Britain has agreed to fully honour its financial commitments as identified by Brussels. Currently, neither the UK government nor the EU have put a figure on the total amount but estimates imply that the payment will amount to about €40bn on a net basis.
The Brexit Bill payment had been one of the main sticking points during the first round of negotiations. In September, May suggested that the UK would be willing to pay about €20bn, and the EU has since been calling for this to be increased.
The news breaking overnight saw Sterling 0.5 per cent higher at $1.3404 on Wednesday morning. Against the euro, sterling was 0.2 per cent stronger, with £0.8856 required for a unit of the shared currency.
Both sides have stated that no final figure will be set next week but Brussels has said that it “broadly welcomes” the UK offer to fully honour financial commitments. It’s reported that the UK would like to avoid a lump-sum settlement and instead plans to develop a system to calculate payments over the years, when specific liabilities are due.
However under such a system, pensions of EU officials might be paid on the basis of annual costs, therefore there will be no concluding Brexit bill figure until the last eligible EU official pensioner is dead, many years from today.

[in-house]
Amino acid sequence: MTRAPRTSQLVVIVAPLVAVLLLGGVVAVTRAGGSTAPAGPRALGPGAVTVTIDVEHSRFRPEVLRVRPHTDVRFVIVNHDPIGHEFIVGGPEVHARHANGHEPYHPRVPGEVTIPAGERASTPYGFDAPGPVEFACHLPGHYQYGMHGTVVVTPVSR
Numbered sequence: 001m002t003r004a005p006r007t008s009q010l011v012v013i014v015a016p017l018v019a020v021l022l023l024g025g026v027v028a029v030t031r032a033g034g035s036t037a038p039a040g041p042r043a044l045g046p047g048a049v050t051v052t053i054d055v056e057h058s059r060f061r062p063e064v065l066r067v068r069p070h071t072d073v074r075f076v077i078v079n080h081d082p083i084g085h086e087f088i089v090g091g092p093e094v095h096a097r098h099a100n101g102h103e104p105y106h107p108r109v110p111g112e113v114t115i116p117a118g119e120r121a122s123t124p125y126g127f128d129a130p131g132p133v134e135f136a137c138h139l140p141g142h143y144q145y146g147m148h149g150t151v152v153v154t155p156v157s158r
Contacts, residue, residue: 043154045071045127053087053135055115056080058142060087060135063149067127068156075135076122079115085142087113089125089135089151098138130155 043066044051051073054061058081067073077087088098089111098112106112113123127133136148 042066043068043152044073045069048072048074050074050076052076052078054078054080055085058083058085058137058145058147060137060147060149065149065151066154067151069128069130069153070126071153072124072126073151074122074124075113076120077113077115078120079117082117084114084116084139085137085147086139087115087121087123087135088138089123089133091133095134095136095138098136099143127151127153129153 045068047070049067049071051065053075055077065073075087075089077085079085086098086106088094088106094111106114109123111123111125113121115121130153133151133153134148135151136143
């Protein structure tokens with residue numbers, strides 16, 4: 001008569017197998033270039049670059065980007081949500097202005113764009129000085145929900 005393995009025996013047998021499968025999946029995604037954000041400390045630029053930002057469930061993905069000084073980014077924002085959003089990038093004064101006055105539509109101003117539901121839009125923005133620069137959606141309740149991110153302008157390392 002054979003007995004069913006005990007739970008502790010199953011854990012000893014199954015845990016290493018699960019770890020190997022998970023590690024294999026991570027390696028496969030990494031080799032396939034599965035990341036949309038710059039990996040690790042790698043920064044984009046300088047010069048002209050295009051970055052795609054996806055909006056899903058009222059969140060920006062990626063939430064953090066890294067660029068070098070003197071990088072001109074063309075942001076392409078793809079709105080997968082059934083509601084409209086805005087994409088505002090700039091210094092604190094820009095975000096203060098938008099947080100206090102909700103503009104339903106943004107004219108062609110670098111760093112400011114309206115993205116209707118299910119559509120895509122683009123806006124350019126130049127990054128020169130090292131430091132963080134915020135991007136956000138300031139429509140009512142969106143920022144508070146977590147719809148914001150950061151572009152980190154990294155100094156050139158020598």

Leading economists have stated that the actual size of Britain’s Brexit bill will ‘not make a significant difference to the public finances.’ Paul Johnson, director of the Institute for Fiscal Studies explained that most of the bill was money the UK would be paying if it had stayed in the EU. “If leaving the EU had no economic impact and we were paying £8bn in, then paying £40bn upfront would be a win,” Mr. Johnson said, as after five years of no longer having to pay, the UK would then be saving money. He concluded that, “What really matters vastly more is what is the impact on growth. If [leaving the EU] is negative, which it almost certainly will be, then the future savings will be a lot less.”
There may in fact be an economic benefit from paying the bill quickly and moving on rapidly, Jagjit Chadha, director of the National Institute of Economic and Social Research, told the Treasury select committee. “If these negotiations are prolonged, they lead to uncertainty, delays in investment . . . and the impact on the economy from that is much larger than a one-off bill of 2 per cent of [national income],” he said.
May is expected to formally present the breakthrough offer next week as part of a deal if agreement can be reached on the citizen rights and the contentious question of the border between Northern Ireland and the Republic.
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